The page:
"Global since Gold" The Globalisation of Conglomerates: Explaining the Experience from South Africa, 1990 - 2009
AbstractThe internationalisation of enterprises is one of the essential ways to strengthen the competitiveness of firms from developing countries (UNCTAD, 2005c: 3). Strong growth in outward foreign direct investment (OFDI) from developing countries has become the distinguishing feature of the twenty-first century. This OFDI flows from state-owned enterprises, sovereign wealth funds (SWF) as well as private enterprises operating as multinational companies from a home base or as free-standing companies. Multinational corporations have commenced activities since the 1960s by moving operations to resource-rich, low-cost labour and capital markets (Wilkins, 1970; 1974; 1988; Jones, 1994; 2005). The first wave of OFDI during the 1960s and 1970s was motivated by efficiency and market-seeking factors. This wave was dominated by firms from Asia and Latin America. A second wave of OFDI followed in the 1980s, led by strategic assetseeking enterprises from Hong Kong, Taiwan, Singapore and South Korea (Dunning et al., 1996; UNCTAD, 2005b: 3s). Since the 1990s China, Brazil, India, Russia (the so-called BRIC countries) Malaysia, Turkey and South Africa are among the countries expected to add significantly to OFDI growth (UNCTAD, 2005c: 4). The flow of investment funds from developed countries was expected, but the reverse trend displayed the emerging capacities in countries and firms outside the core of the international economy, which challenged the dominance of developed countries and companies from developed countries. These developments have prompted several questions: how do developing country firms succeed in entering global markets? Do these firms improve their competitiveness through OFDI? This paper investigates this phenomenon from the experience of South Africa. The emergence of EMNC (Emerging Market Multinational Corporations) prompted extensive analysis and debates about the nature of and motives for EMNCs, but has also led to more in-depth analysis of specific country characteristics and firm-specific reasons for OFDI.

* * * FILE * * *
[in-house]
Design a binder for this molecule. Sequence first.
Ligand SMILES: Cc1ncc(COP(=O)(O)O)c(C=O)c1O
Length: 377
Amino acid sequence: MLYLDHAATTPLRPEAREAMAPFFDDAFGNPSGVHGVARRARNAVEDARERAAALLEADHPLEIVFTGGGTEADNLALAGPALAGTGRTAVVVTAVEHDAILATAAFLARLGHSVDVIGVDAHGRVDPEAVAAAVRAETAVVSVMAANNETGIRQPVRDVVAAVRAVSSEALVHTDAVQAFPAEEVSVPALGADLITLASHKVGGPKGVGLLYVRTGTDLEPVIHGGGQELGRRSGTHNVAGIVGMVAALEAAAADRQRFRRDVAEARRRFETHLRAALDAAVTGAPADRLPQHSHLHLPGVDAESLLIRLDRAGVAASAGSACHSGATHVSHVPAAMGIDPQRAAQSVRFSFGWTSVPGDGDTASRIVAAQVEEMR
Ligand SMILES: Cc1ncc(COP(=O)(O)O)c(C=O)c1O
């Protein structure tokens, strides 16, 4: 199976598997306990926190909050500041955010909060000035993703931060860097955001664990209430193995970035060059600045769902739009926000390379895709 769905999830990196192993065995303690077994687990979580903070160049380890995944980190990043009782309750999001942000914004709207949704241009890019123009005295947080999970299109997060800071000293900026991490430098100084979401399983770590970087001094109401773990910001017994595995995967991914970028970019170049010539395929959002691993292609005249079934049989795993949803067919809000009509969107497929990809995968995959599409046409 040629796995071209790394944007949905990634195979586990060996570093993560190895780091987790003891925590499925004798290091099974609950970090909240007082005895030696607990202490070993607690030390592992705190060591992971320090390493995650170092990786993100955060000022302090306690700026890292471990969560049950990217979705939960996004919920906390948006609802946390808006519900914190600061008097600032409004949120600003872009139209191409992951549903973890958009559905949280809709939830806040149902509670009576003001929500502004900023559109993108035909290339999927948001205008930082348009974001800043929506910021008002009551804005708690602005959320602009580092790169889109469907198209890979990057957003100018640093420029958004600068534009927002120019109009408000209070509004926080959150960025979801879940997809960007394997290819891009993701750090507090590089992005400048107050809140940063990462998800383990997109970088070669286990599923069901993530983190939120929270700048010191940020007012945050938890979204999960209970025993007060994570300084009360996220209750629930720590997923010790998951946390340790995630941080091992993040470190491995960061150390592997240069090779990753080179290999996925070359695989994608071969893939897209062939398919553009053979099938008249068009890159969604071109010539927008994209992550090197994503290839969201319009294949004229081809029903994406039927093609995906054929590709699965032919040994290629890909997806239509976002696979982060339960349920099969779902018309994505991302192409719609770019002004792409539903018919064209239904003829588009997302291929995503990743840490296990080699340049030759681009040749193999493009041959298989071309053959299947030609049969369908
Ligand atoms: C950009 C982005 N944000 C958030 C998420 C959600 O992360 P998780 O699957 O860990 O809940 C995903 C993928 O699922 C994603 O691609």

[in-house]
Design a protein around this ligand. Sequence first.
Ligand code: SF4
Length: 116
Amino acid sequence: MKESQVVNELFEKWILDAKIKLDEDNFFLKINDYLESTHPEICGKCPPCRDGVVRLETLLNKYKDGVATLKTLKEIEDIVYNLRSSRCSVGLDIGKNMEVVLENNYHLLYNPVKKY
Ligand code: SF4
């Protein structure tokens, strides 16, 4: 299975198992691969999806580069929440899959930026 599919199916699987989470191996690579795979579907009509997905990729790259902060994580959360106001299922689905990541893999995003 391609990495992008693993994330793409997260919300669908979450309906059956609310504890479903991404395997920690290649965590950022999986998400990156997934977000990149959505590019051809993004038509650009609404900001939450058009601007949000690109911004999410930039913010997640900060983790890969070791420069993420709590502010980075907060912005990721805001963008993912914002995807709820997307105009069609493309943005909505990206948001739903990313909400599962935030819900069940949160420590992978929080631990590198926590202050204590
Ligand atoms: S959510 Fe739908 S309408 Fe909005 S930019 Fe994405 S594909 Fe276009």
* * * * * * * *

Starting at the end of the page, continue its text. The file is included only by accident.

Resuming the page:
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Bibliographic InfoPaper provided by Economic Research Southern Africa in its series Working Papers with number 238.
Length: 27 pages
Date of creation: 2011
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overseas foreign direct investment internationalisation business history conglomerates competitiveness industrial protection management strategy;
Find related papers by JEL classification:
- L14 - Industrial Organization - - Market Structure, Firm Strategy, and Market Performance - - - Transactional Relationships; Contracts and Reputation
- L21 - Industrial Organization - - Firm Objectives, Organization, and Behavior - - - Business Objectives of the Firm
- L32 - Industrial Organization - - Nonprofit Organizations and Public Enterprise - - - Public Enterprises; Public-Private Enterprises
- M48 - Business Administration and Business Economics; Marketing; Accounting - - Accounting - - - Government Policy and Regulation
- N60 - Economic History - - Manufacturing and Construction - - - General, International, or Comparative
- N67 - Economic History - - Manufacturing and Construction - - - Africa; Oceania
- N87 - Economic History - - Micro-Business History - - - Africa; Oceania
- N97 - Economic History - - Regional and Urban History - - - Africa; Oceania
- O31 - Economic Development, Technological Change, and Growth - - Technological Change; Research and Development; Intellectual Property Rights - - - Innovation and Invention: Processes and Incentives
- O32 - Economic Development, Technological Change, and Growth - - Technological Change; Research and Development; Intellectual Property Rights - - - Management of Technological Innovation and R&D
This paper has been announced in the following NEP Reports:
- NEP-AFR-2011-10-01 (Africa)
- NEP-ALL-2011-10-01 (All new papers)
- NEP-SEA-2011-10-01 (South East Asia)
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